I agree they are behind in a lot of ways, but you have to look at the big picture. It wouldn't make economic sense to do otherwise. And as a shareholder you should be happy of that.



    I am in no way apologizing for their lack of current technology, however. I think that Apple has been behind for a while and with the 970fx heat/speed issues, they have been caught off guard.



    If they were to produce their own systems, lock, stock and barrel, they would be ok, but they have to rely on the "word" of others such as IBM that things will go as planned. Bumps in the road have obviously detoured a lot of what they had planned.



    Could be worse. They could be relying on Intel. AMD is pretty innovative the last few years, and I would not want to be stuck relying on Intel solely. Motorola just plains sucks and has for years. IBM is the much better choice, but even they have their own issues.



    Things will work out. They always do.
  • Reply 10 of 18
    arty50arty50 Posts: 201member
    Quote:

    Originally posted by Rhumgod

    While I agree that Apple screwed the pooch, and a lot of loyal Power Mac users, with this latest upgrade, I also see that the 970GX and 970MP will fit somewhere in their pro lineups soon. If they do redesign the logic board and do NOT include PCI-Express, well then that is just wrong. I think they are developing for the future, and taking the cheapest way in doing so. Why release the latest 2.7 bumps and redesign the system only to have to do it again in, say, 6 months.



    I agree they are behind in a lot of ways, but you have to look at the big picture. It wouldn't make economic sense to do otherwise. And as a shareholder you should be happy of that.




    Excellent point. On the PC side of things, mobo manufacturers can afford to re-engineer the mobo for things like PCIe when the processor hasn't changed drastically. That's basically what they're doing. They sell enough machines to justify it.



    So for Apple it doesn't necessarily make sense to include PCIe with a minor processor bump. Unless of course you have a lot of people waiting for PCIe...which seems to be the case at least in this forum and others...and thus your machine sales will suffer.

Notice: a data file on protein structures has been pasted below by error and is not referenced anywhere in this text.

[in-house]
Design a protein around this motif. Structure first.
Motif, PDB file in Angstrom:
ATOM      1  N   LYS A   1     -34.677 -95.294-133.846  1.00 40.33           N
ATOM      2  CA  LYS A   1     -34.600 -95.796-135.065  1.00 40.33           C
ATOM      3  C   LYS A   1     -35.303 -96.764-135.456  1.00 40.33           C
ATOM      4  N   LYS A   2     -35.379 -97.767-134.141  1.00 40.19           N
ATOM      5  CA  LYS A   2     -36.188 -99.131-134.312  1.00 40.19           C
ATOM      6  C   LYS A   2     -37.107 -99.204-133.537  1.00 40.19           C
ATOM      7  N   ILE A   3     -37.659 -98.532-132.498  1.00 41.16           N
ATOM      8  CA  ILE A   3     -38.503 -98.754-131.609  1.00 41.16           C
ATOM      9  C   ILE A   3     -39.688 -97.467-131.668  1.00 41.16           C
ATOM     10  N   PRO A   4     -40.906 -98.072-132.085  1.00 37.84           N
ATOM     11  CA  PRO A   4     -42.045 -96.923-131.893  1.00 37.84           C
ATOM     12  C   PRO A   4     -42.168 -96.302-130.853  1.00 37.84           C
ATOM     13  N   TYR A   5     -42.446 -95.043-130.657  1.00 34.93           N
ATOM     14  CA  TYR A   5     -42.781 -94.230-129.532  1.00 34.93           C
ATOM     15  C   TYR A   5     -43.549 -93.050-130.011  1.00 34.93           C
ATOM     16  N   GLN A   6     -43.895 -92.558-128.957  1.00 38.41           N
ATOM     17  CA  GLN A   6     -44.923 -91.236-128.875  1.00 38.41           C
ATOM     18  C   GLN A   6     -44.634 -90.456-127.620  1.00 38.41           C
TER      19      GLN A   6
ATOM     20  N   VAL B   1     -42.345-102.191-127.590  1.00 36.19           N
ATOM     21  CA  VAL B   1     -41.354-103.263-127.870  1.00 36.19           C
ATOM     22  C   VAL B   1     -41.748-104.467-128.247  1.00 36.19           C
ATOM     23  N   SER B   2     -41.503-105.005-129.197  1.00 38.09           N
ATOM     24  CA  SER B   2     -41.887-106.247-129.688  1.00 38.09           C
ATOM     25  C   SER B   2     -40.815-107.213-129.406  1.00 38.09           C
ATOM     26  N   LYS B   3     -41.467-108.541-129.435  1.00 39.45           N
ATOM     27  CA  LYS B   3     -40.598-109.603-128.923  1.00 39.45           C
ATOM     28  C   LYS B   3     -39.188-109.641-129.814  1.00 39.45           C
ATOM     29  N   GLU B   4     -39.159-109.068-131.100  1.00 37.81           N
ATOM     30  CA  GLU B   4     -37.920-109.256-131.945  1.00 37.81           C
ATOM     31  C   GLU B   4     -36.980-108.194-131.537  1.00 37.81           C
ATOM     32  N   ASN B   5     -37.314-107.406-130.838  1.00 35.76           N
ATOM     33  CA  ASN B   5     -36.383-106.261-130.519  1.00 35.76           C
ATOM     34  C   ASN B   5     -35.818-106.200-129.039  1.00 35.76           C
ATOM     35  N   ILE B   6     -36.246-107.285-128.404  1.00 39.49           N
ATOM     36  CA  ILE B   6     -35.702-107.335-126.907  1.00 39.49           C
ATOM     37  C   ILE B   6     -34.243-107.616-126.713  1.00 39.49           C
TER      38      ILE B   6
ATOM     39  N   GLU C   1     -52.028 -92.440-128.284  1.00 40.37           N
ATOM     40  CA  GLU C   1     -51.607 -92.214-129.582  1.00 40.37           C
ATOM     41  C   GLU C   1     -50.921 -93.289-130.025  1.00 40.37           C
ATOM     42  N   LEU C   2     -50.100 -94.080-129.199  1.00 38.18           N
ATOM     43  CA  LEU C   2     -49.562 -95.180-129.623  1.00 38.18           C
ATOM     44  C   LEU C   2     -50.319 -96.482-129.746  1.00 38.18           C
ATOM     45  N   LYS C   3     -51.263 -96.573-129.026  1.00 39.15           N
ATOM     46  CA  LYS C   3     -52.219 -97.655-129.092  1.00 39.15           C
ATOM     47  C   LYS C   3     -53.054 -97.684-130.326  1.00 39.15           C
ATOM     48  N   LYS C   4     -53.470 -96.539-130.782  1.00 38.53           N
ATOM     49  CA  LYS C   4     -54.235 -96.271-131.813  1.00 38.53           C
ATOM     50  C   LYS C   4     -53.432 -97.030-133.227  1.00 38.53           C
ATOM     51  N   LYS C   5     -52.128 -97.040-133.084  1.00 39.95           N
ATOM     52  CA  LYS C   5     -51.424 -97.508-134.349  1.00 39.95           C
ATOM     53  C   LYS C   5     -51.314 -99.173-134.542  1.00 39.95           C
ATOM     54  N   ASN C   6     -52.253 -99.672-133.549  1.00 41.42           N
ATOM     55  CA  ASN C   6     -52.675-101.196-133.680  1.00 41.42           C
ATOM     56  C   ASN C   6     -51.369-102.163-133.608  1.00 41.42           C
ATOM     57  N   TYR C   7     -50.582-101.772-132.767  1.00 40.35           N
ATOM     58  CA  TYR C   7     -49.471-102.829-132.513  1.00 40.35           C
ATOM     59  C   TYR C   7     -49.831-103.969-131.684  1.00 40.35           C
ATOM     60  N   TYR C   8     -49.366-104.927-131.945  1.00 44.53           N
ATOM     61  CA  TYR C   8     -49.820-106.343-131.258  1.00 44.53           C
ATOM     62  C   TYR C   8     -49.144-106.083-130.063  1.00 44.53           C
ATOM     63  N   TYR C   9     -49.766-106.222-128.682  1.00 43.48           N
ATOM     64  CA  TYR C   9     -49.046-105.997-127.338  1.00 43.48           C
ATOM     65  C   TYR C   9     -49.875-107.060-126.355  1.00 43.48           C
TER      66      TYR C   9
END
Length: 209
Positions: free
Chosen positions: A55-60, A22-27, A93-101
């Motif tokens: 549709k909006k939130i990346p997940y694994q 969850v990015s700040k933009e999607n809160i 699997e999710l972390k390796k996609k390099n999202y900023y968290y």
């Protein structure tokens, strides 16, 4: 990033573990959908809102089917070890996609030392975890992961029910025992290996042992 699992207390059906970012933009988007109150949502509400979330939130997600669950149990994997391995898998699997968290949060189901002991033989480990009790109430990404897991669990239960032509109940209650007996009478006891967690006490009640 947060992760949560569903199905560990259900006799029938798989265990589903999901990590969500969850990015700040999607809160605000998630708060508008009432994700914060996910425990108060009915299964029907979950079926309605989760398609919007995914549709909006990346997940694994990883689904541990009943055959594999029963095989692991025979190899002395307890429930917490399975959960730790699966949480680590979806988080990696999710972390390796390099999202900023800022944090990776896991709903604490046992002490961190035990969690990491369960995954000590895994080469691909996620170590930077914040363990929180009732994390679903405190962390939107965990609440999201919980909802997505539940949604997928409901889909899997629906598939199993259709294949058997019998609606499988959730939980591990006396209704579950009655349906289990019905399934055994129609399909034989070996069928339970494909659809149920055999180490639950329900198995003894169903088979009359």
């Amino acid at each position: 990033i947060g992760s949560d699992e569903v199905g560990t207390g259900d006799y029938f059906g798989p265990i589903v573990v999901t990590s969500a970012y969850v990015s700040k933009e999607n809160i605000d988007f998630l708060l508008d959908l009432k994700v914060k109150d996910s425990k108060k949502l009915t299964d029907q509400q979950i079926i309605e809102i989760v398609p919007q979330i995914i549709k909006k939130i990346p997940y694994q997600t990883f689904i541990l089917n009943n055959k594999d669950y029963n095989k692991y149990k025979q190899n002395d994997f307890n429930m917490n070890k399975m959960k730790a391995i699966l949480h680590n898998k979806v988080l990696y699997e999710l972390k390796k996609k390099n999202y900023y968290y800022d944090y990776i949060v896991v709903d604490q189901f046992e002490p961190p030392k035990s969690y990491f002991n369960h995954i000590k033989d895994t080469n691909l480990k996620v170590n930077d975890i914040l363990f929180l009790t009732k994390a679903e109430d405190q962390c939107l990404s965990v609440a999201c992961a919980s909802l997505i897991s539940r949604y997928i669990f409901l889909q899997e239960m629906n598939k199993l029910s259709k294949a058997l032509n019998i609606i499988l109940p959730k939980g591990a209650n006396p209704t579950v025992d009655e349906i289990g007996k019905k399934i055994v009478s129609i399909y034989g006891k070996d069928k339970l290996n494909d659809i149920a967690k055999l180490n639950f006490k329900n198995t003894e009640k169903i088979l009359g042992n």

I've got two concerns with Apple's SOP right now:

    1) Are things like PCIe really that expensive to implement? If so, then I understand. If not, then they're being really stupid. Being behind on relatively simple tech like this can kill sales.

    2) The Secrecy. It's insane. I'm sick of it. People in enterprise got sick of it a long time ago. Buying an expensive computer is a huge budgetary decision. People and companies should be allowed to plan for it.
  • Reply 11 of 18
    buccibucci Posts: 100member
    Quote:

    Originally posted by Arty50

    I've got two concerns with Apple's SOP right now:

    1) Are things like PCIe really that expensive to implement? If so, then I understand. If not, then they're being really stupid. Being behind on relatively simple tech like this can kill sales.




    The benefits of PCIe have yet to be seen. To redesign and entire [propriatary] motherboard takes a good deal of time and money. (question: does apple even produce their own motherboards? Or are they a reference design?) From what I've seen, PCIe cards are slightly more expensive than their AGP counterparts. This probably has to do with supply and demand. At the end of the day, if Apple offered PCIe with their latest PM offering, we'd all be paying more money, for the same performance. So who exactly does that benefit?



    Quote:



    2) The Secrecy. It's insane. I'm sick of it. People in enterprise got sick of it a long time ago. Buying an expensive computer is a huge budgetary decision. People and companies should be allowed to plan for it.




    Marketing. Plain and simple. If Apple released their latest PM line, and then the next day showed off their dual core technology, that would absolutely murder the currently weak PM sales. Intel and these other big companies can do it because they pump out new hardware all the time.



    I'm not singling anyone out, but if you're going to complain about what PC's have over Apple's, then perhaps you'd just be happier with a PC.
  • Reply 12 of 18
    buccibucci Posts: 100member
    Quote:

    Originally posted by hopeful

    http://www.barefeats.com/firegl.html



    Can this be done with other workstation cards?




    From what I've read, it is possible to do this with other ATI cards. Sometimes it involves physically changing the EEPROM. Apparently the Mac equivalent cards use a bigger EEPROM. I'm not too keen on the procedure, but you can go here for more info:



    http://www.amacapart.com/images/xtres.jpg



    http://mapage.noos.fr/campahunta/rad...wVTceYvEWjF1Ar



    and



    http://www.techseekers.net/modules.p...wcontent&id=72



    Some of the articles go into more depth than others. It must be noted, however, that now-a-days, the Mac versions of the cards are normally only $50 more than their PC equivalents. So... it may not be worth a possible botched job. Up to you.
  • Reply 13 of 18
    splinemodelsplinemodel Posts: 7,311member
    Quote:

    Originally posted by onlooker

    It's crap like this that makes Apple the d*ckheads they are.



    I hate to break it to you, but when it comes to making motherboards, Apple is fighting an uphill battle. They don't have the reference design to work with, nor do they have as large of a staff as many of the board makers on the PC side. Then there's Q&A, FCC, UL, and the like all on top of getting the project done in the first place.